We create lists to help us prioritize tasks and stay on schedule. Sometimes those lists help us accomplish those tasks faster. Sometimes those lists simply chain us to an archaic way of doing things. Having a "To Do" list is a good thing if you don't let it prevent you from thinking outside the box. In this column, Elisabeth explains why the agenda items that don't make the list can often be some of the most important.
A potentially serious impediment to success in software projects is false assumptions. Both yours and everyone else's. If you act on false assumptions as though they're true, such as by assuming you understand exactly what your customers want, you may find yourself faced with flawed software and failed projects. In this column, Karten explores false, conflicting, and hidden assumptions, and how you can "surface" them.
When I visit software organizations, I often hear complaints that we spend too much time in meetings. Many people spend a significant portion of each day in meetings. Wouldn't it be great to give some of that time back?
Many managers believe that overtime, even extended overtime is a good thing, and will help a project make progress. However, most technical people who try to work more than two weeks of overtime make huge numbers of mistakes. Often, they don't realize the mistakes and have already wasted a lot of time and money.
It's important to be honest when dealing with customers, no matter what that honesty entails. You may not always be able to deliver your product on time, but not communicating that truthfully with your customer can be devastating to your business. Dare to tell your customers the truth. They don't like to hear bad news, but they'll appreciate you for giving it to them straight and giving it to them as soon as possible. This article will help motivate you.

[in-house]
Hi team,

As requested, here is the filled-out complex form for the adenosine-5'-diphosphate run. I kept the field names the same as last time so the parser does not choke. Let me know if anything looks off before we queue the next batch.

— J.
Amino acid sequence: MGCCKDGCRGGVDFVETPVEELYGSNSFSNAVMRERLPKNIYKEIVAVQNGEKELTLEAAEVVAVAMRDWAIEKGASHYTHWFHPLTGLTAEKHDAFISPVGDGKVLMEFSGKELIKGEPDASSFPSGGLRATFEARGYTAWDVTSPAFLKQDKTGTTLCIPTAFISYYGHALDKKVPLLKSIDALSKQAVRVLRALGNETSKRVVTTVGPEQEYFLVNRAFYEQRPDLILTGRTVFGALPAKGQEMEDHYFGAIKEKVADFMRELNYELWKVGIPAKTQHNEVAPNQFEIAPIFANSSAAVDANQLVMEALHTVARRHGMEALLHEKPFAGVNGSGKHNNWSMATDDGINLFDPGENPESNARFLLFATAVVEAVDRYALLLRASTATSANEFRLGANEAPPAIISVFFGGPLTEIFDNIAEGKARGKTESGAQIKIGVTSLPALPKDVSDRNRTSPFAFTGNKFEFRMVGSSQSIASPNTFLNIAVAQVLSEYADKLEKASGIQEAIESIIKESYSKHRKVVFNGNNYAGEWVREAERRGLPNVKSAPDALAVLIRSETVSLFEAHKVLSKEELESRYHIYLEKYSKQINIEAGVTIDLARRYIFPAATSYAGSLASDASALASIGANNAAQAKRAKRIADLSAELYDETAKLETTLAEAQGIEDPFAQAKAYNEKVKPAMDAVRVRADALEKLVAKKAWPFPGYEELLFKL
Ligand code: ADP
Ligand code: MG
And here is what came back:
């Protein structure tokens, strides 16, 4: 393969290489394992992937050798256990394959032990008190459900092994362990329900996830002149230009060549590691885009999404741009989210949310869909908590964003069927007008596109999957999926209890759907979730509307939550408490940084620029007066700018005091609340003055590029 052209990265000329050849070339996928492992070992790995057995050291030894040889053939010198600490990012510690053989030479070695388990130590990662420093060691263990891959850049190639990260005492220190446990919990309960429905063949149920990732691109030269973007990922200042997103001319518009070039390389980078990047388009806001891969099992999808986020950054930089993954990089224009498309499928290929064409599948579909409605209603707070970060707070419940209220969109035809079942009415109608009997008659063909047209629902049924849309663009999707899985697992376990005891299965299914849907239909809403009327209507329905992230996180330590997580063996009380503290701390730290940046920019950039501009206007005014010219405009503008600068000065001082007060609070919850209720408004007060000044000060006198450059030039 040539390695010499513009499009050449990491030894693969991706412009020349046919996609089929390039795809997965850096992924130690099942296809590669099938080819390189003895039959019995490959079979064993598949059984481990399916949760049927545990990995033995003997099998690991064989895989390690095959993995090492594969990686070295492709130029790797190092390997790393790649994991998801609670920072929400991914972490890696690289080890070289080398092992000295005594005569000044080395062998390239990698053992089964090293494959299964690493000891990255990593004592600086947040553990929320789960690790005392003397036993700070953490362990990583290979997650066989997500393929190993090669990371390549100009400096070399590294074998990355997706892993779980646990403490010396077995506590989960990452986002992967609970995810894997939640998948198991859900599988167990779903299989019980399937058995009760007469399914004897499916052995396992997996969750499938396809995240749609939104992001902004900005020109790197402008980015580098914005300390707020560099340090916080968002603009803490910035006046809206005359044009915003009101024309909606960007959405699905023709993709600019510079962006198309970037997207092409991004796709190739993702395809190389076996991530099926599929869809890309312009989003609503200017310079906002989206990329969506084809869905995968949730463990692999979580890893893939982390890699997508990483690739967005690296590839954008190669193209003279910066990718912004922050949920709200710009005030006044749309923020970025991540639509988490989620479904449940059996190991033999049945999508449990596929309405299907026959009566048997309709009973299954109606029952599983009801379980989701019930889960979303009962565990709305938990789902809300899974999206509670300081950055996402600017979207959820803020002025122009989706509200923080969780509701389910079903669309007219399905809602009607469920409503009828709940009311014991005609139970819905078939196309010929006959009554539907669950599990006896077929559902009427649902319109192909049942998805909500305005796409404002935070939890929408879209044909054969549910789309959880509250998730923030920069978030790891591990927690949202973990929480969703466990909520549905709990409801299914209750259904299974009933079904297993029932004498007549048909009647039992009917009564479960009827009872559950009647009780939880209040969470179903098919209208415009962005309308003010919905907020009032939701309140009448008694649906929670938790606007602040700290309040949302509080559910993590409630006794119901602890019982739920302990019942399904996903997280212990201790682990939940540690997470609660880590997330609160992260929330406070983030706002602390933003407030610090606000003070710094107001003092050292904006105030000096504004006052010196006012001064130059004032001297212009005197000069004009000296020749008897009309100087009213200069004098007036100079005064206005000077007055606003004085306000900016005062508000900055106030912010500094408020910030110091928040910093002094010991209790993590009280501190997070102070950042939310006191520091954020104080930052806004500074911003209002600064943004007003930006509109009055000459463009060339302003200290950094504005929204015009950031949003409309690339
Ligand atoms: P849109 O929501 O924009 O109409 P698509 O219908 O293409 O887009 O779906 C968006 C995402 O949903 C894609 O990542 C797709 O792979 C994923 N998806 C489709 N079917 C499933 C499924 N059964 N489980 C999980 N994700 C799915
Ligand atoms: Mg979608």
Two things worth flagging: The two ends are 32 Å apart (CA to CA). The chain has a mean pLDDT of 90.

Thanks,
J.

Miscommunication is at the heart of most software defects. Being knowledgeable about a company as a whole, and not just about the specs of a particular project, is just one more way to safeguard against failures. Read on as Elisabeth Hendrickson explains the importance of technical people staying informed about business strategies.
Why is scheduling an art? If it were a science, every project would be delivered on time. Overruns have become so common that people have lost faith in schedules and view them as very malleable. In this article, Nick Jenkins explains how to prevent this in your project.
Have you ever read the latest memo from top management and wondered, "What are they thinking? This will never work!" Sometimes we have information that management doesn't have. How we put that information in front of management can determine whether they hear us or not. Esther Derby gives some advice on communicating up the chain.
Naomi Karten specializes in helping companies succeed in their projects. In this column, however, she gives tongue-in-cheek advice on how to make a project fail. Read on to see if these steps to failure are part of your organization's modus operandi.
In the "Venus and Mars" series of mainstream relationship books, author John Gray attests that differences in outlook and inherited traits account for relationship problems between genders. His position is that men and women come from inherently different places and therefore approach things from inherently different perspectives. In this week's column, Carol Dekkers explores how some of the issues in software development might be similarly rooted in differences between the software development and customer communities.